We believe that a sizable majority of SaaS start-ups target AWS cloud services, and we see little reason why this won’t continue. Moreover, AWS continues to provide superior services to enterprises seeking to extend the reach of their digital capabilities out to customers and remote or mobile employees. In addition, based on a combination of infrastructure cost and administration advantages and advanced analytic services, AWS is capturing a large portion of emerging big data workloads. These opportunities fuel significant AWS investment in new datacenter locations, dedicated bandwidth, integrated energy sources, and specialized hardware, and will continue to provide AWS with scale advantages. Despite challenges from companies like Google for greenfield cloud-based apps, we expect AWS will continue to play a central position in cloud computing for years to come.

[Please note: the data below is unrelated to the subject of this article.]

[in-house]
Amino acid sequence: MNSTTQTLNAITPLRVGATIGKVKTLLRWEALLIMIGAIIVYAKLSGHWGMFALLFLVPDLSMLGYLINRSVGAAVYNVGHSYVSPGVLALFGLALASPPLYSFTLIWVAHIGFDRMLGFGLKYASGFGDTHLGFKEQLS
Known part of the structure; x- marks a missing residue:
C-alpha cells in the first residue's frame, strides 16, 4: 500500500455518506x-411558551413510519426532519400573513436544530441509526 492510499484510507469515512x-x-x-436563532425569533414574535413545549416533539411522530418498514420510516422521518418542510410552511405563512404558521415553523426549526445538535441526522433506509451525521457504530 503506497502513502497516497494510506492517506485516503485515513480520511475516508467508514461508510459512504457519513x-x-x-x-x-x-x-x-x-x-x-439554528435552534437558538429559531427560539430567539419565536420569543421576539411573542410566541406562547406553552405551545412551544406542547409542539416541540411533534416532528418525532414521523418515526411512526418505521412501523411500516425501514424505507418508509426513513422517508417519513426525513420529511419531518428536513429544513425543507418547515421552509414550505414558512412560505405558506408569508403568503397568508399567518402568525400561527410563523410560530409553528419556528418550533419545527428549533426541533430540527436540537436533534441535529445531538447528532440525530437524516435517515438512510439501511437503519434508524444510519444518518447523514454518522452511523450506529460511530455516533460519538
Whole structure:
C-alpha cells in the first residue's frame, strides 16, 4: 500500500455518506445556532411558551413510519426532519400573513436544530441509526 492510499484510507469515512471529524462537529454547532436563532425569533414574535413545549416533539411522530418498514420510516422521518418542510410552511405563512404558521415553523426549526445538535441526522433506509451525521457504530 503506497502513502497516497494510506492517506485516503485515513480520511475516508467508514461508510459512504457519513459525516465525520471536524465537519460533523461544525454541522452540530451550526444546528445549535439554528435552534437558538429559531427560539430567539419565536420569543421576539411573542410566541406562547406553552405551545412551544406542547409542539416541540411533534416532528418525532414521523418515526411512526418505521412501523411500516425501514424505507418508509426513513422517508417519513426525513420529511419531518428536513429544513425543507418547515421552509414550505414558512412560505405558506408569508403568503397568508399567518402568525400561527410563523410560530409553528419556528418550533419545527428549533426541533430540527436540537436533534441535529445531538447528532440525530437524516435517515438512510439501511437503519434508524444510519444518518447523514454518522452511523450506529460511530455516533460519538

To summarize: AWS is best positioned to win greenfield cloud business.

Legacy Applications Seek The Simplest DBMS Migration Path

As enterprises gain experience with cloud-based services, CIOs are beginning to explore approaches to migrating legacy, high-value, DBMS-based applications to the cloud. Why? Partly, it’s the carrot of modernizing IT capabilities and driving new classes of value from their digital assets. But the stick is playing a role here, too. As one CIO told us:

“I’ve been directed to get 40% of our workloads to the cloud over the next few years. The only way that happens is by moving some of our legacy.” CIO at a large financial services firm.